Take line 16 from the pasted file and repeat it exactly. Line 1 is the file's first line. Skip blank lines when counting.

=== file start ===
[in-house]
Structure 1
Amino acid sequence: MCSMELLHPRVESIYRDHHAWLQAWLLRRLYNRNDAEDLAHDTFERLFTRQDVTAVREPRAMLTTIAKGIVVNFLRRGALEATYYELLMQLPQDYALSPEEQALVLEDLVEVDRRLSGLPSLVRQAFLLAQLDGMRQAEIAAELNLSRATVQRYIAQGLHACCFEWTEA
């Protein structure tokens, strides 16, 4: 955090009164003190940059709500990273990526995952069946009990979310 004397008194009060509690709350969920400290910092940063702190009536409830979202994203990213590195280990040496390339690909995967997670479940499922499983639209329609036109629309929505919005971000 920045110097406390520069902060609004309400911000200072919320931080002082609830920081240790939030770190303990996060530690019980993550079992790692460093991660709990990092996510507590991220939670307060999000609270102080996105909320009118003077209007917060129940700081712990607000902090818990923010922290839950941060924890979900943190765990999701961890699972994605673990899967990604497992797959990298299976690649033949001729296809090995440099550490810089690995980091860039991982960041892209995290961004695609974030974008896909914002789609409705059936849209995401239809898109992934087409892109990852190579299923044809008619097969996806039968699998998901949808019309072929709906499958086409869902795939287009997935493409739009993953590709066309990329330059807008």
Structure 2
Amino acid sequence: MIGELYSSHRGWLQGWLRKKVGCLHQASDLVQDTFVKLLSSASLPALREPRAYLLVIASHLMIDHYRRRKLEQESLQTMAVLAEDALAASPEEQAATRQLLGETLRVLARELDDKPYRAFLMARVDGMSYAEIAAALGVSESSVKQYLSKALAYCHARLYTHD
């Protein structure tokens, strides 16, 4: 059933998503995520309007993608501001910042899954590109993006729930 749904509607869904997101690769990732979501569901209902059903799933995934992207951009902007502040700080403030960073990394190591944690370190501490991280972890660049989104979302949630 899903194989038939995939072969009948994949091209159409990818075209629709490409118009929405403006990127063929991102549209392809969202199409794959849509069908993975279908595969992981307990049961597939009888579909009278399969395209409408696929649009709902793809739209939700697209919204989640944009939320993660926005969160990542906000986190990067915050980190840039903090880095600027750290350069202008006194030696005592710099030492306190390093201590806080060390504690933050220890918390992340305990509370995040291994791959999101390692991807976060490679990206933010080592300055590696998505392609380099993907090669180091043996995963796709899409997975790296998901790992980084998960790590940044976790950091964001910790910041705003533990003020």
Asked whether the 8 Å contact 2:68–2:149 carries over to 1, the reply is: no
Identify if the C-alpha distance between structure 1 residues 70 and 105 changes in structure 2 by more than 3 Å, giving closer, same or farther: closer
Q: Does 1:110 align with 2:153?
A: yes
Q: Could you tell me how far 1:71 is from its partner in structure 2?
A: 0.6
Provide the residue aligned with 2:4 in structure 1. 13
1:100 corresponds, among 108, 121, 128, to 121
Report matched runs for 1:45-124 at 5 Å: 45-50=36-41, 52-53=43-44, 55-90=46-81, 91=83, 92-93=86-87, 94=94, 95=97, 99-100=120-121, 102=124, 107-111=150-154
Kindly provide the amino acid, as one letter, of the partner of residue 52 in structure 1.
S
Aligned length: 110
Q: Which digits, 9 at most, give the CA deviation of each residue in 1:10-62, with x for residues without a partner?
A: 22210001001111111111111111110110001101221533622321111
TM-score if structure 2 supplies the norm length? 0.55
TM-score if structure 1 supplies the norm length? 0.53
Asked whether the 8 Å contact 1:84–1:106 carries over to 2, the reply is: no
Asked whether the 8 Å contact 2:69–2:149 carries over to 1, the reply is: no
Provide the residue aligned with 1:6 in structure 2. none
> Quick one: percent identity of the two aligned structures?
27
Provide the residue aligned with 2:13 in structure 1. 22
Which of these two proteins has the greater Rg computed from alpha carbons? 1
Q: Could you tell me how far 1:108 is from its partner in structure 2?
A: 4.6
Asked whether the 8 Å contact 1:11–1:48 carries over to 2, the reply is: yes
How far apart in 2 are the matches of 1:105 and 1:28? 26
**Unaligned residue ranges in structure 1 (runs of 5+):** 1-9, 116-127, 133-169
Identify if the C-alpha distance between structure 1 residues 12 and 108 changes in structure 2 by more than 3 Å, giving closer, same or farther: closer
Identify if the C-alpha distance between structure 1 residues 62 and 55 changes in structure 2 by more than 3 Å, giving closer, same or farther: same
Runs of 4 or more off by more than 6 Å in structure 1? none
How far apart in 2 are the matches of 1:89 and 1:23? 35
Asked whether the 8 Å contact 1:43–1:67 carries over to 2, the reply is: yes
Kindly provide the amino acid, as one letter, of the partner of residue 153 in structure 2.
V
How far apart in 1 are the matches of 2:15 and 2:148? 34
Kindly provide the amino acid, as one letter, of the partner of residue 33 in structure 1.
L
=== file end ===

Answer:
Report matched runs for 1:45-124 at 5 Å: 45-50=36-41, 52-53=43-44, 55-90=46-81, 91=83, 92-93=86-87, 94=94, 95=97, 99-100=120-121, 102=124, 107-111=150-154